I have been spending most of my free time gearing up for filming this summer. This means that the blog is kind of a close second at the moment. We're spreading filming out across most of the summer, with the first scenes already shot last fall. This means shotlisting and blocking the remaining 30 scenes! Lots of work and thought goes into it all, and adding locations and schedules from everyone involved, also adds its set of lengthy problem solving skills. I may regret this at some point........but probably no way!!
But back to the miniature sets:
The second of three sets we built for this commercial was a tropical islandy set. This got the least documentation, because the deadline was creeping up fast, and we were soon to be without the Jody, due to her Boston Marathon race!
I wish I had a picture of the 8'X8' water portion. It was really cool! We used a textured acrylic, similar to a ripply patio table glass. This was suspended above a really weird looking metallic blue sheeting. It looked like something Elton John would wear. But under the acrylic, it gave the water tremendous depth. When we shot it, we drifted dry ice over the surface, and the whole thing became VERY pirate-y!
AAAAAAAAND, once again, if you haven't cast a vote for my 3 minute short, Endlewood,
The link is here:
Just click "VOTE", log in fast, and your done! I would be so stoked to win this, so thanks again!!!!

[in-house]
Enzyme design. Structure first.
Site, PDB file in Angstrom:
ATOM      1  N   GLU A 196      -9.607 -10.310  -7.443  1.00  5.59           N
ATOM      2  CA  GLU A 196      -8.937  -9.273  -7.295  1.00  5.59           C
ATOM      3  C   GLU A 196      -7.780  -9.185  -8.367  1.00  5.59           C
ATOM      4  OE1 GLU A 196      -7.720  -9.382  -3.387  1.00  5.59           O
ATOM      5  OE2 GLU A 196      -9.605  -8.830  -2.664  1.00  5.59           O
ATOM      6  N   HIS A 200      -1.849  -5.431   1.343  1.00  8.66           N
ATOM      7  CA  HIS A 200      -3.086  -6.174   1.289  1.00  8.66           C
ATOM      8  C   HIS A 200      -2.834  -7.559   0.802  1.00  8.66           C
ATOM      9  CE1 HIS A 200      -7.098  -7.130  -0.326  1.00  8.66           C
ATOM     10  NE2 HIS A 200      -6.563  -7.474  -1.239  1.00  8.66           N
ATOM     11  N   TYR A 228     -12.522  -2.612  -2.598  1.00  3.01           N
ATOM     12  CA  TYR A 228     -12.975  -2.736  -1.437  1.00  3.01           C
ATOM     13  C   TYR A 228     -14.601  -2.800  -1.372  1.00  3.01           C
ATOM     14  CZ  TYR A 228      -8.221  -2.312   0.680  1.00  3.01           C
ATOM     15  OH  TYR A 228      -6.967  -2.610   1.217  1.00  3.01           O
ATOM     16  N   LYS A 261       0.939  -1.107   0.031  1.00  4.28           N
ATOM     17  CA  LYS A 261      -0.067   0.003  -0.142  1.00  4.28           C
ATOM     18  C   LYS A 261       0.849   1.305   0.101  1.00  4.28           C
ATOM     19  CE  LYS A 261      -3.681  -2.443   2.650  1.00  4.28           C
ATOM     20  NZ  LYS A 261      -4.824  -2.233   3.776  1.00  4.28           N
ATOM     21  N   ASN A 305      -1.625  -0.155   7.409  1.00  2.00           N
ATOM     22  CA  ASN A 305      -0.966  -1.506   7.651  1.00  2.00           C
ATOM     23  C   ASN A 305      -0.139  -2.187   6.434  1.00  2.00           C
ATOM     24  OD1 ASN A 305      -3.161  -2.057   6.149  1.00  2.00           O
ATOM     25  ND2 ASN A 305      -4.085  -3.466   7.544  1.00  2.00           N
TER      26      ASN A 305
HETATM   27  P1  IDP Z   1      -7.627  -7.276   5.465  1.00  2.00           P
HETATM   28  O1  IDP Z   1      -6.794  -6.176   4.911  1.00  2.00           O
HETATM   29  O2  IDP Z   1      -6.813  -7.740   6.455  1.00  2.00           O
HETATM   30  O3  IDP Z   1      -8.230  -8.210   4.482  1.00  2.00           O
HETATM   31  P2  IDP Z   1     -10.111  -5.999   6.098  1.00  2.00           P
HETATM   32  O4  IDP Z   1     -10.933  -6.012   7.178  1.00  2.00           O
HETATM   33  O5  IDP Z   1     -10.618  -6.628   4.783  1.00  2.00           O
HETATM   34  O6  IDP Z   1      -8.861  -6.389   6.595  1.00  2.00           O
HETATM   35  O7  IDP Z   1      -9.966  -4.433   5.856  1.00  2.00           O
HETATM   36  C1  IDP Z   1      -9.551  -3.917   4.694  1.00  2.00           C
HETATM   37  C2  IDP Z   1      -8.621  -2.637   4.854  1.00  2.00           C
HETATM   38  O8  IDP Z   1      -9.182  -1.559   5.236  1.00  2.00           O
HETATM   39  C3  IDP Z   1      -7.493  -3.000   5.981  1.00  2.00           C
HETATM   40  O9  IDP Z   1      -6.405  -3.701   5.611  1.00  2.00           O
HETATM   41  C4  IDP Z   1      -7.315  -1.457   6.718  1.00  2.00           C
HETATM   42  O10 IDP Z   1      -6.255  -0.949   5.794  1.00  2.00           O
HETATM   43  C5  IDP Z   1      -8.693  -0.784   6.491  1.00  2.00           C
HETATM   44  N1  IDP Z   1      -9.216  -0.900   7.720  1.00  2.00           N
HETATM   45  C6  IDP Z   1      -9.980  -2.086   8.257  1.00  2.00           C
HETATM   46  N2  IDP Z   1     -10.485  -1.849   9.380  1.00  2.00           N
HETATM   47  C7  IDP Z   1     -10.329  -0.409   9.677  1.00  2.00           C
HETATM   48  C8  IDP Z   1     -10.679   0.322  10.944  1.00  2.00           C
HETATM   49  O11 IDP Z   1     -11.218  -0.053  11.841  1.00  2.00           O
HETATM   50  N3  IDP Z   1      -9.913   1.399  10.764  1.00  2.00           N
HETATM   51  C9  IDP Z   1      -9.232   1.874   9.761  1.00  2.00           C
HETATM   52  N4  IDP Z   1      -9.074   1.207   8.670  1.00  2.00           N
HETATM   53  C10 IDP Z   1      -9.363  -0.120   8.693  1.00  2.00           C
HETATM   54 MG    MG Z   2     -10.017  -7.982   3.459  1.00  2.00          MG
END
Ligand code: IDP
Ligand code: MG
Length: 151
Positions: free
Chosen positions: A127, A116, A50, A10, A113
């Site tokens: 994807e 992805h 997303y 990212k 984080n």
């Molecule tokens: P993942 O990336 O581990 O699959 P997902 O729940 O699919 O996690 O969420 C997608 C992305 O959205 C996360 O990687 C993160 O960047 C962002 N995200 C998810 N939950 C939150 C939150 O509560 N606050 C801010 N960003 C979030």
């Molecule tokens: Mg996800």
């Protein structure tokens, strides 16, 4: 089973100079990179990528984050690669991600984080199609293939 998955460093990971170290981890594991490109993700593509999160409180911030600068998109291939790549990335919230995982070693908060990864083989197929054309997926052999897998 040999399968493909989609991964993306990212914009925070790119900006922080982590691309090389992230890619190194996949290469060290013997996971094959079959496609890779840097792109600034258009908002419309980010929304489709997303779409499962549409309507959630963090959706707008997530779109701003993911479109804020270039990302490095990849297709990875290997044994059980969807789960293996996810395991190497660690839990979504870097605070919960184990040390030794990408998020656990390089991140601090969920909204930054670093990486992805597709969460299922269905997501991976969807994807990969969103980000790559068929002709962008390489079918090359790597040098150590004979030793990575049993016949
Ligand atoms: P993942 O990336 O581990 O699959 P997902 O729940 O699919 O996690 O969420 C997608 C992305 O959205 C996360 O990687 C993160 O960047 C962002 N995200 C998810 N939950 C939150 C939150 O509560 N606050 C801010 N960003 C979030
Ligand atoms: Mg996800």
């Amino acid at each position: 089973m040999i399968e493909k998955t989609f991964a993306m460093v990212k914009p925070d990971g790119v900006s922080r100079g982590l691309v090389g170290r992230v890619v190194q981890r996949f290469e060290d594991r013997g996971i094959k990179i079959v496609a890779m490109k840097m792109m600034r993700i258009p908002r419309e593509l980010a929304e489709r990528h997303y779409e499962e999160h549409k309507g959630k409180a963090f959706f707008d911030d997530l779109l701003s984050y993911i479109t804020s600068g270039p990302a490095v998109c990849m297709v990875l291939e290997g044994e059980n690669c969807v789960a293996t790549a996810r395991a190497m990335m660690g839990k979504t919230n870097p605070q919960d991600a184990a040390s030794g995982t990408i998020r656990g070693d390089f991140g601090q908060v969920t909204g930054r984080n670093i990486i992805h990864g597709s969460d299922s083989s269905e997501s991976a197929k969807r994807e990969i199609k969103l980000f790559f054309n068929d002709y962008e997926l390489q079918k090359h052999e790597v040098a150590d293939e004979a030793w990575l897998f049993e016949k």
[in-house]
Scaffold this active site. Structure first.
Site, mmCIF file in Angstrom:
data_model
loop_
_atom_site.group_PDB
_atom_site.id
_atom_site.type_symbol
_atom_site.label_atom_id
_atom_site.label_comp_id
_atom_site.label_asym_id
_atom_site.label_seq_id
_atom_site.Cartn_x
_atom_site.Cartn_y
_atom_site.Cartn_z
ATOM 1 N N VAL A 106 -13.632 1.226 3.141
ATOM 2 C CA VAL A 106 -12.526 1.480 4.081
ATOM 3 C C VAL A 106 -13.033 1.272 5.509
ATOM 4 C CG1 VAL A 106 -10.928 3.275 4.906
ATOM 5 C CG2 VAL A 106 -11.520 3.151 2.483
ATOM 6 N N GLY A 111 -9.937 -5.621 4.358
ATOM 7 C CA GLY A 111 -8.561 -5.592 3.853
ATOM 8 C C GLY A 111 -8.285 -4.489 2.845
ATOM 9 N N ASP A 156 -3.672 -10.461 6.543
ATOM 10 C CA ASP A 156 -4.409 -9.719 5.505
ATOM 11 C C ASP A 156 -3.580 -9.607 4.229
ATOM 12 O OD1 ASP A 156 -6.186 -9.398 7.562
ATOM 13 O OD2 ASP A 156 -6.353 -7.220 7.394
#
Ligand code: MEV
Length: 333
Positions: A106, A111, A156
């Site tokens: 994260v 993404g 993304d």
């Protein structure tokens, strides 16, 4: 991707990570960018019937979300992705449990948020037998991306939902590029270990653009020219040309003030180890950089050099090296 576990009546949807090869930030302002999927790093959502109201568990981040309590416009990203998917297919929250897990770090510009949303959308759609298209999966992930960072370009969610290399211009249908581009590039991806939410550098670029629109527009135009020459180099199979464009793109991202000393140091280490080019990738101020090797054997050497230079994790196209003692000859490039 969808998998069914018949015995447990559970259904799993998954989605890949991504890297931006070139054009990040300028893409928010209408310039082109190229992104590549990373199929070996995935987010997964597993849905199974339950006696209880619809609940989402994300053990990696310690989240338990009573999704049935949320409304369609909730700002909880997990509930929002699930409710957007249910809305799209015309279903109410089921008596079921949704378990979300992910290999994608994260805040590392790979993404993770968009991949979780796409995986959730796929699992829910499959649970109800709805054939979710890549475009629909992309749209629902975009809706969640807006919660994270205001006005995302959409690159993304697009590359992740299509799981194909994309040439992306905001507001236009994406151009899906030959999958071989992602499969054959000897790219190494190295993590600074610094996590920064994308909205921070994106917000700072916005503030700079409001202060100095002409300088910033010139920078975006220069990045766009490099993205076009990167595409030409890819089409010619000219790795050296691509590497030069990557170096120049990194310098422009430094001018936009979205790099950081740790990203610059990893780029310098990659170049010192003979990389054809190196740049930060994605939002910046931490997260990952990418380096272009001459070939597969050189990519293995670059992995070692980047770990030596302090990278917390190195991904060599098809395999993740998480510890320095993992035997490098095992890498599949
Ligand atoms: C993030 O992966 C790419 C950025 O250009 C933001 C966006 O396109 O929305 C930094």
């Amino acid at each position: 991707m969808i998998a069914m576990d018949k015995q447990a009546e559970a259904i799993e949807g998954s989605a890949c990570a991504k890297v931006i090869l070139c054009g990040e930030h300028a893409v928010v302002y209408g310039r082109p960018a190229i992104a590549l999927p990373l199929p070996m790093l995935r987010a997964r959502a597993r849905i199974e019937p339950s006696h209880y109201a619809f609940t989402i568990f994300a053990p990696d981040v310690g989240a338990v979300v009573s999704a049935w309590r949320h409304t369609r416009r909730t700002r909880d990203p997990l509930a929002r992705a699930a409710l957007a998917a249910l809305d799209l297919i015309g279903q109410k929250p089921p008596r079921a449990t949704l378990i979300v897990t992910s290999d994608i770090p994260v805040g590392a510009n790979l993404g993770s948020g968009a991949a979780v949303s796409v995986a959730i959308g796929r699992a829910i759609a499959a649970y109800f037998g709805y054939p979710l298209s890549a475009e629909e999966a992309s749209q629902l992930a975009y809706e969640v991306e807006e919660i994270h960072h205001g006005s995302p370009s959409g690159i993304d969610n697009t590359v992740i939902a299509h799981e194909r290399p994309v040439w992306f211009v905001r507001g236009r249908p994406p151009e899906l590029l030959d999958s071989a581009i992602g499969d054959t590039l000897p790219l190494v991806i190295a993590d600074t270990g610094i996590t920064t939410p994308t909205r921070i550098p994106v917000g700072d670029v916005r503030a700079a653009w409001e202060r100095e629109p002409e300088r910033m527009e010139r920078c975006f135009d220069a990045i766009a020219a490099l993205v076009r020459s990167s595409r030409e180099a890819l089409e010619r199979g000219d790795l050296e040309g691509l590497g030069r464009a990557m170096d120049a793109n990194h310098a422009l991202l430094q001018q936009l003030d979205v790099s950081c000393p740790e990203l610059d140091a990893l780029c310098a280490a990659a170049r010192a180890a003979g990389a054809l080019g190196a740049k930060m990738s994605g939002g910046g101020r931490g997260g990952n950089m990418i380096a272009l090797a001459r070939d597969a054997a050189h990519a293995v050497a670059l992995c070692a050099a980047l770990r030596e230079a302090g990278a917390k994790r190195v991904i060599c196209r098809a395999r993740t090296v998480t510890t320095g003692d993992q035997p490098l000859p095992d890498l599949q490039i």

When I lent my services to a collegue who was working on a film about 12 years ago, I was introduced to the world of cnc. I remember watching this huge machining centre milling out a slab of mdf and turning it into a fantastic set of gears. I knew that it would have taken me hours to achieve the same thing with traditional power tools. I decided then that I would invest in a cnc router for my own business Oxenham Design. At that time I could turn on a computer, but even to check email seemed like a crazy set of operations. I persevered and learned every piece of relevant software I could get my hands on. I am now fortunate enough to be using Vectric's ASPIRE software, and Techno cnc routers, which has helped us to create some amazing projects, both in part, or in full. I thought that this blog would be a great place to share "behind the scenes" adventures with the software, materials and equipment we use, as well as the projects we build.